- Service members serve both individuals and society; they embody the definition of public service. Very few studies have examined soldiers’ public service motivation. Hitherto, none have studied the public service motivation of servicemembers before and after exposure to combat zones. Through a panel study, the researchers examine the public service motivation of 78 Danish servicemembers before and after deployment to the war zone in Afghanistan. Though this study examines non-US servicemembers, the implications of the findings can be extrapolated to US servicemembers, particularly how servicemembers became less affectively motivated during deployment.
- Measuring public service motivation allows the researchers to further analyze the three dimensions that measure service to community and individuals. These three dimensions are 1) commitment to public interest, such as delivering public services, 2) compassion, such as serving those in distress, and 3) self-sacrifice, such as willingness to bypass own needs to help others and society by providing public services.
- Findings show that deployment to combat zones decreases a servicemember’s compassion but increases commitment to public interest. Self- sacrifice is not affected. Future research is needed on how subsequent deployments affect public service motivation.
“Exposure to the extreme stress of warfare may affect soldiers’ perceptions of others and society. Using panel data from two companies on a tour of duty to Afghanistan in 2011, this article analyzes how different dimensions of soldiers’ public service motivation are influenced by deployment to war. As expected, soldiers’ compassion decreased and commitment to the public interest increased, while self-sacrifice did not change systematically. Deployment to war was expected to affect inexperienced soldiers more than their experienced colleagues, but this hypothesis was only partially satisfied. The key contribution of the article is the use of panel data and the examination of motivational changes. Moreover, studying soldiers’ public service motivation enables us to connect public administration and military sociology and thereby to establish a better understanding of motivation in extreme settings.”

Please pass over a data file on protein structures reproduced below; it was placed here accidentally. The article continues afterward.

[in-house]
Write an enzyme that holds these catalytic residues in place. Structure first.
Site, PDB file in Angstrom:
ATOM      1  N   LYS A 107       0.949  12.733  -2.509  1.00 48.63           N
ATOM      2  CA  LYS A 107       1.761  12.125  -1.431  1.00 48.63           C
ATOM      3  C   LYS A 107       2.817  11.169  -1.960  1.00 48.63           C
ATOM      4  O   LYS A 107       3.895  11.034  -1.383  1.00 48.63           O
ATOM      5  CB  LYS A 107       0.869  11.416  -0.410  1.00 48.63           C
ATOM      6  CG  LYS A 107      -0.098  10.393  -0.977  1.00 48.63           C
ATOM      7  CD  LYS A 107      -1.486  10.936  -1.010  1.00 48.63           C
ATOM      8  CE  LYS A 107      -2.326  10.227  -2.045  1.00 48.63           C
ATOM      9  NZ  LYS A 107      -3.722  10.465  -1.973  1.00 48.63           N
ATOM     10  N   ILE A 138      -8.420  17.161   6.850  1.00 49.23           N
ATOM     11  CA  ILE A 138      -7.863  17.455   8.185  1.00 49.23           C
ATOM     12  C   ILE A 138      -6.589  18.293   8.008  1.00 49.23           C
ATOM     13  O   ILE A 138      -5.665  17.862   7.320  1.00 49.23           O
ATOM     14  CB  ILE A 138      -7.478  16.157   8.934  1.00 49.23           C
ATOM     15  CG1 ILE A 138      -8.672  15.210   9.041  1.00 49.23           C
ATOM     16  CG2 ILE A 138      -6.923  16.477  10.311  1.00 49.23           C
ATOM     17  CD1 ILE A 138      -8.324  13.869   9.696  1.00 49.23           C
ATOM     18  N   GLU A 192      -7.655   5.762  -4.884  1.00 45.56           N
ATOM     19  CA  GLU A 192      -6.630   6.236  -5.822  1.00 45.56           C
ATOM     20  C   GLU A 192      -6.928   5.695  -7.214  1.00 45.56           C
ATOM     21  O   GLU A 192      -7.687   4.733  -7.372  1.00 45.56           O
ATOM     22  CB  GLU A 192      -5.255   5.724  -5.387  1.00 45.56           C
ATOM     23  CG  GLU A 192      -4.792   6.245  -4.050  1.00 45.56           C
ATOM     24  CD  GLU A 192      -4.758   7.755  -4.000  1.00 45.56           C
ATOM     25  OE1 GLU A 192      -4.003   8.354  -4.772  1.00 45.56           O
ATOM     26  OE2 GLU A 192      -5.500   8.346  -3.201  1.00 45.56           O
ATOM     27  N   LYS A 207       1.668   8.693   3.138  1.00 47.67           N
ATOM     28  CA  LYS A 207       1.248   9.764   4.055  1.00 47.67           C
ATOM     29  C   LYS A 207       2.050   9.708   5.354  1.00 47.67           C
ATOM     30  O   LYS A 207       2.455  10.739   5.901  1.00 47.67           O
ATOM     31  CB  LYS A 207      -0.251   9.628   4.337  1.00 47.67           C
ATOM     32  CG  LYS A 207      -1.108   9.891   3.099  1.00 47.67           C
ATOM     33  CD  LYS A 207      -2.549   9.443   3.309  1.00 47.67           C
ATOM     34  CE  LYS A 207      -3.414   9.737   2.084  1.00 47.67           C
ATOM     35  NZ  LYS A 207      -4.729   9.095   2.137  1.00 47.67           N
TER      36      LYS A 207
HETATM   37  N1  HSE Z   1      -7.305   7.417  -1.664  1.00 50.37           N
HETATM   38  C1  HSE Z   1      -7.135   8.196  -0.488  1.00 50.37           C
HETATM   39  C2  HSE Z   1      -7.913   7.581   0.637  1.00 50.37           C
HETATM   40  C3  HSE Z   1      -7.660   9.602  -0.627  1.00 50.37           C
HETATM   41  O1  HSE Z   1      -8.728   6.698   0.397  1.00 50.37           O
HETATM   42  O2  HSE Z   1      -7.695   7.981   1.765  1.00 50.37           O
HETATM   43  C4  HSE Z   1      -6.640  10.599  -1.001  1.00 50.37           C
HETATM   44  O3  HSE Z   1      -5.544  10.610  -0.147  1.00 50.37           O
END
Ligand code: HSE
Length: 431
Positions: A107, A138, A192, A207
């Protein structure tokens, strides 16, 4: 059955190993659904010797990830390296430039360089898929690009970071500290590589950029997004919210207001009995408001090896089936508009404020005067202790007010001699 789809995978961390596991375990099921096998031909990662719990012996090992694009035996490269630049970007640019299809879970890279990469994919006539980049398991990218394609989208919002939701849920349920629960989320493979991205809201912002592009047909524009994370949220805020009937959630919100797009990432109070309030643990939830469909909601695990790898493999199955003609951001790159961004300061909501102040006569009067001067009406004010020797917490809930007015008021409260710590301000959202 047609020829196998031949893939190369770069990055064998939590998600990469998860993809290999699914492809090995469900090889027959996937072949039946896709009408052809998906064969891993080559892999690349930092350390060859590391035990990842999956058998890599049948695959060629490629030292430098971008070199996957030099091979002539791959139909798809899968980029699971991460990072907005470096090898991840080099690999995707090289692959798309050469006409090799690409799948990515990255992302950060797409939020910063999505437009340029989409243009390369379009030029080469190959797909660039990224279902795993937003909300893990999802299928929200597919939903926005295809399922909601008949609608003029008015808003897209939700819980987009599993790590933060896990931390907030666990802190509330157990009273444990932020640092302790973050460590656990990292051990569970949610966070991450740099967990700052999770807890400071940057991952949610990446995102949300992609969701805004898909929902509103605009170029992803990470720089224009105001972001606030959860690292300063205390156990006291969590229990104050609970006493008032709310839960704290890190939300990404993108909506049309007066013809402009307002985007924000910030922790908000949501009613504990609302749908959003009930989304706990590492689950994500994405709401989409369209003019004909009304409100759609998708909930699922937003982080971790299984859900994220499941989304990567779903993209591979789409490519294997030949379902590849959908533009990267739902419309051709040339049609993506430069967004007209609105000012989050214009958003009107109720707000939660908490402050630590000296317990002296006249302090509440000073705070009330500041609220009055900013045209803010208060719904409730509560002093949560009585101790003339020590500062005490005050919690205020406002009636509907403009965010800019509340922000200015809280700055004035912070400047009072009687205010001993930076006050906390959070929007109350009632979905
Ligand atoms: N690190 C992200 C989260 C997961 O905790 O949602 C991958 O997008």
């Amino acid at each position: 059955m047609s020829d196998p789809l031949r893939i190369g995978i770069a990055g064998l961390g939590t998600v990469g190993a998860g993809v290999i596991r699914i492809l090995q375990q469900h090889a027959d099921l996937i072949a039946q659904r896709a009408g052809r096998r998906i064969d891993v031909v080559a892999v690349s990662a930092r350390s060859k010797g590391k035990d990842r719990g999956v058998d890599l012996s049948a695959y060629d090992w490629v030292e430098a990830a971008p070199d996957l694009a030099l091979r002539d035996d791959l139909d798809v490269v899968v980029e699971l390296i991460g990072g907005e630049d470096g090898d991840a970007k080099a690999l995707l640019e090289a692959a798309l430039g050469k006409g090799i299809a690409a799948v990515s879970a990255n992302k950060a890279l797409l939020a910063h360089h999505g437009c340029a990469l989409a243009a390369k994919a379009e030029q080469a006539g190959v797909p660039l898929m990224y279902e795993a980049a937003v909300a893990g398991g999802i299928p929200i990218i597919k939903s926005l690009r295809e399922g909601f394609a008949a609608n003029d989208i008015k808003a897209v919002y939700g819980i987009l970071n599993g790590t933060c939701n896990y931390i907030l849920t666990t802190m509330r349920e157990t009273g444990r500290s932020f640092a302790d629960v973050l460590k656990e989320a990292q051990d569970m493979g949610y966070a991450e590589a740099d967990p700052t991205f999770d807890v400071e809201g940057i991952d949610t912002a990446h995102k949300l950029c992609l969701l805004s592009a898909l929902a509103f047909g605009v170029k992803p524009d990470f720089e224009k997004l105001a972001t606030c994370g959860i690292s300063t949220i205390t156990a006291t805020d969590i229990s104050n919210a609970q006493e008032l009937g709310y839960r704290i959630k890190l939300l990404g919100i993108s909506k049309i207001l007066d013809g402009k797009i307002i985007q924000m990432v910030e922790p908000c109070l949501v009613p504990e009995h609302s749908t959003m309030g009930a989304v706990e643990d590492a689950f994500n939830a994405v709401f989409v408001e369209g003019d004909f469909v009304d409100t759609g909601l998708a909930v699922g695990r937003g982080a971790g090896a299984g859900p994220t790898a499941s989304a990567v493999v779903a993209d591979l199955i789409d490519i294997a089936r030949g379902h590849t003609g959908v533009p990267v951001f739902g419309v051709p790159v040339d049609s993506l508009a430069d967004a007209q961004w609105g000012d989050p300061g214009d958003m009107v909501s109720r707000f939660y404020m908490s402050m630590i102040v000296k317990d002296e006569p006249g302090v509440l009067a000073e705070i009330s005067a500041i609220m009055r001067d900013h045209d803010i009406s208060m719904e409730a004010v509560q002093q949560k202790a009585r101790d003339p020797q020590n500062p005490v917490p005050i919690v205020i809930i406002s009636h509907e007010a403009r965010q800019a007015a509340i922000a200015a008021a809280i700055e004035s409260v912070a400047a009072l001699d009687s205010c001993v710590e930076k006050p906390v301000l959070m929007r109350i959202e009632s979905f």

Given that service is a core element of military identity, servicemembers transitioning into civilian roles should consider seeking opportunities to serve others and the public at large. Family members and friends of servicemembers returning from a war zone should also consider volunteering with their servicemember or veteran. Employers of veterans might organize group volunteer activities, such as charity races, and opportunities to serve the local community. Offering such public service opportunities could increase morale of all employees. Practitioners who serve veterans with a past deployment should consider encouraging veterans to participate in public service opportunities.
Since no prior deployment experience had a negative impact on public service motivation (decrease in both compassion and public commitment), the DoD might consider creating opportunities for current servicemembers to interact with civilians and veterans through off-duty service projects and participation in service-oriented veteran organizations such as Team Rubicon, Team Red, White, and Blue, and the Mission Continues. The VA might continue providing opportunities for veterans exposed to combat to openly share their experiences with other veterans, or even nonveterans, to assist in restoring affective motivation. Since most individuals join the military because of their desire to serve both individuals and society, the VA might also consider partnering with veteran service organizations, as mentioned above, to offer more volunteer opportunities.
For Future Research
Though this study provides valuable findings, it is limited in that it was conducted on Danish combat soldiers deployed to Afghanistan. Additional research is needed on public service motivation for American servicemembers deployed to war zones. Another limitation of this study is that soldiers were deployed between February and August 2011. The short time frame could have reduced reliability. To improve reliability, subsequent studies should include multiple deployment dates and sample servicemembers from all military branches. Future studies should study how time affects motivation, such as 3, 6, and 12 months into deployment and post-deployment. Participants made a distinction between UN deployments and military branch deployments. It would be beneficial to conduct a comparative study on public service motivations between the two groups. Future studies should collect data on length of deployment and demographic variables, such as age and gender. Another limitation of this study is the small sample size. Though the researchers gathered 211 individual responses, only 78 respondents completed both the questionnaire before and after their deployment; thus more than half of the questionnaires were not used for the analyses. The small sample size limited the number of control variables that could meaningfully be included in the analyses. Future researchers should employ other methods to increase response rates. Subsequent studies on public service motivation should evaluate how public service looks after deployment, and when servicemember is reintegrating into civilian life. Future studies should measure intensity of combat exposure on public service motivations. It would be beneficial to examine whether the lack of compassion after a deployment is long term or a survival mechanism that fades overtime. More studies are needed on how interactions with civilians impact public service motivations for servicemembers and veterans.